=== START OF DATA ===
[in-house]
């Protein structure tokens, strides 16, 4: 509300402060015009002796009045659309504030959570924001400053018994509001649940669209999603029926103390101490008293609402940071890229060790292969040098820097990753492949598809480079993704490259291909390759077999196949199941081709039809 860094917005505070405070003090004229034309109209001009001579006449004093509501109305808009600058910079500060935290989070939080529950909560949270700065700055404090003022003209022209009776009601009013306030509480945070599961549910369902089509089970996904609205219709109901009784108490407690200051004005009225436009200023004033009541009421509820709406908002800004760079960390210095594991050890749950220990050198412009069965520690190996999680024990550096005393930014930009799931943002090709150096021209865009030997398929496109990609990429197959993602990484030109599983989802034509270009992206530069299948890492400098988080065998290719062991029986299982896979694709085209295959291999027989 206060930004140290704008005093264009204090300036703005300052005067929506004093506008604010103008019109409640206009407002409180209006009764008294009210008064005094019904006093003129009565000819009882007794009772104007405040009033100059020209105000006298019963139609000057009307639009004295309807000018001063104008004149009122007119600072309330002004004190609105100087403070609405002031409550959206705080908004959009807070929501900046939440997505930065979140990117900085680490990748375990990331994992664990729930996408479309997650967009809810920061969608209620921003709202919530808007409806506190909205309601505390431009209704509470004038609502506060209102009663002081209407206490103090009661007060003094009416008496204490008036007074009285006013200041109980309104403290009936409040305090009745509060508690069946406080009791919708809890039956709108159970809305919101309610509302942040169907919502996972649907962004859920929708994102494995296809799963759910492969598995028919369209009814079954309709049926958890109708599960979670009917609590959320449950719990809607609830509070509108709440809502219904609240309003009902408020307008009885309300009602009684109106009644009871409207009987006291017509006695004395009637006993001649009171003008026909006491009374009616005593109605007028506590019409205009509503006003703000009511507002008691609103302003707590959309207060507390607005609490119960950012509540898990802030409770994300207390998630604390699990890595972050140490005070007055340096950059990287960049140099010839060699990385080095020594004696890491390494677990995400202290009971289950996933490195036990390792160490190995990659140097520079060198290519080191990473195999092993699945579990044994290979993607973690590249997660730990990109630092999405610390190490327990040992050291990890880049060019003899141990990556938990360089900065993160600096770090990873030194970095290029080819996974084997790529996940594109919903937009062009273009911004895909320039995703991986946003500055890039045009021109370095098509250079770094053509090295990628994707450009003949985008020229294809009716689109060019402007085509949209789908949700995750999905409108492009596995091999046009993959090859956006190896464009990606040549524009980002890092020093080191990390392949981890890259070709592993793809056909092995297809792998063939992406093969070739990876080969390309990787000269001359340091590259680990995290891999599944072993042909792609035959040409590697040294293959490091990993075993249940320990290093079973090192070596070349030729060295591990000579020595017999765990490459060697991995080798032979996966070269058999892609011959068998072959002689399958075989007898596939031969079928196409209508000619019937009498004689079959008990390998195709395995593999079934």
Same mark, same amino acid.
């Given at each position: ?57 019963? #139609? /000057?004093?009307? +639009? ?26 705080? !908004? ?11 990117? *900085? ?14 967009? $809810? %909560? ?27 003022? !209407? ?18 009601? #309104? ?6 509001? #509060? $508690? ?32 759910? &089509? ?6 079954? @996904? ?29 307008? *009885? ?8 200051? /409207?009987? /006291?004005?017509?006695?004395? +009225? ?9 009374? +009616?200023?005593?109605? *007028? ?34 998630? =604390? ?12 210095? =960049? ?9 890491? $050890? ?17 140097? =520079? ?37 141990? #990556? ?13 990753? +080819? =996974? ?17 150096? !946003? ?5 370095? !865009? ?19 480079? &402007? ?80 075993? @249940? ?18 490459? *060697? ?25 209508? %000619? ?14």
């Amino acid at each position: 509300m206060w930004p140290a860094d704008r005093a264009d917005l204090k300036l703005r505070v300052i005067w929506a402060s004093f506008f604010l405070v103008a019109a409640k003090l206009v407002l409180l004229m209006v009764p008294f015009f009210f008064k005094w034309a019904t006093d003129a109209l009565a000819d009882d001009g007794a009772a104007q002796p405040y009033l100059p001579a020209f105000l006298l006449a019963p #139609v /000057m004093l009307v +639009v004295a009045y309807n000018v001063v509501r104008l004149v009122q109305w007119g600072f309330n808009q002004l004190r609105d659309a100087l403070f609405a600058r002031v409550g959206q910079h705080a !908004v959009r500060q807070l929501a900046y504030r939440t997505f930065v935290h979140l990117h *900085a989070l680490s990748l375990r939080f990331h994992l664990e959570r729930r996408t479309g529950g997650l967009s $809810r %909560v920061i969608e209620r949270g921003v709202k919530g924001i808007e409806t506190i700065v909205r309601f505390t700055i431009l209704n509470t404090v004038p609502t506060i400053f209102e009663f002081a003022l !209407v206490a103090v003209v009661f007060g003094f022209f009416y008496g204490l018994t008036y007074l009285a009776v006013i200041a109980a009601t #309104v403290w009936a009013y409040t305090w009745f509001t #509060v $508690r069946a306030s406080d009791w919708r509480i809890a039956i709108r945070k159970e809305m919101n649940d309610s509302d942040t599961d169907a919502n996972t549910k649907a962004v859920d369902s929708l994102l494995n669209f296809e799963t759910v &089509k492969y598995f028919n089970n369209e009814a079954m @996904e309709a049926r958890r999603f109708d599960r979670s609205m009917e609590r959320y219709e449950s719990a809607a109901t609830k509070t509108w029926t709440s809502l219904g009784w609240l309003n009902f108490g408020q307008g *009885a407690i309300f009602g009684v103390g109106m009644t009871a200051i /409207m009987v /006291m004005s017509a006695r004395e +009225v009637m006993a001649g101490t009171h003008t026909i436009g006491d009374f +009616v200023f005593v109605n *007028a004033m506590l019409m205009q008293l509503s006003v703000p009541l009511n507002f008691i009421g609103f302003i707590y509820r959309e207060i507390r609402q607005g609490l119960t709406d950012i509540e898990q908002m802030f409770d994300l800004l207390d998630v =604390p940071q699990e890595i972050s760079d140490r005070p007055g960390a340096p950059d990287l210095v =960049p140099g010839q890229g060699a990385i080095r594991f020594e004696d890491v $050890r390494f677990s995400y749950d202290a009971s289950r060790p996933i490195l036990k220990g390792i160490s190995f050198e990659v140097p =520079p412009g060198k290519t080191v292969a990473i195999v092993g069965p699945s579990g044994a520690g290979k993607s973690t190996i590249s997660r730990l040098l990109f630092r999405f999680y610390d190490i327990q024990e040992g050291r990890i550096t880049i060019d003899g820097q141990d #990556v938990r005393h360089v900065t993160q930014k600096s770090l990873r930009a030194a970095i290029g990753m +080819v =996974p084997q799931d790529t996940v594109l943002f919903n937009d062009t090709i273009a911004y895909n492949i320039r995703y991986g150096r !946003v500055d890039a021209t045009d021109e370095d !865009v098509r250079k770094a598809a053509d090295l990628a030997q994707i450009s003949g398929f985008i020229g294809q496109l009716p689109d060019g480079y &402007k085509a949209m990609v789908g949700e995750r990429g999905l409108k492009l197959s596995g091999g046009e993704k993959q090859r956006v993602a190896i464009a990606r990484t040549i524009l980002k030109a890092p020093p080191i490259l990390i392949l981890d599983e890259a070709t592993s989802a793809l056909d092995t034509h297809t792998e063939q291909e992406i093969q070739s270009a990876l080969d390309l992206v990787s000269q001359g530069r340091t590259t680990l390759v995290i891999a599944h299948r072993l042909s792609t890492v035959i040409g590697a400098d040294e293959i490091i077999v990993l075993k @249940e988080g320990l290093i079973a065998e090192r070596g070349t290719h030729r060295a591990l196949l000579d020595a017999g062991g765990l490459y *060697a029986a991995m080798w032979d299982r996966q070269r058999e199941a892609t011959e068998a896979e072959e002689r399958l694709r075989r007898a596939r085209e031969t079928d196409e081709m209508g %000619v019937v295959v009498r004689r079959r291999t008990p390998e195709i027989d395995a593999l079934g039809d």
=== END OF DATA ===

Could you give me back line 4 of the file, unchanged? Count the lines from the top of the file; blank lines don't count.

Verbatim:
């Given at each position: ?57 019963? #139609? /000057?004093?009307? +639009? ?26 705080? !908004? ?11 990117? *900085? ?14 967009? $809810? %909560? ?27 003022? !209407? ?18 009601? #309104? ?6 509001? #509060? $508690? ?32 759910? &089509? ?6 079954? @996904? ?29 307008? *009885? ?8 200051? /409207?009987? /006291?004005?017509?006695?004395? +009225? ?9 009374? +009616?200023?005593?109605? *007028? ?34 998630? =604390? ?12 210095? =960049? ?9 890491? $050890? ?17 140097? =520079? ?37 141990? #990556? ?13 990753? +080819? =996974? ?17 150096? !946003? ?5 370095? !865009? ?19 480079? &402007? ?80 075993? @249940? ?18 490459? *060697? ?25 209508? %000619? ?14």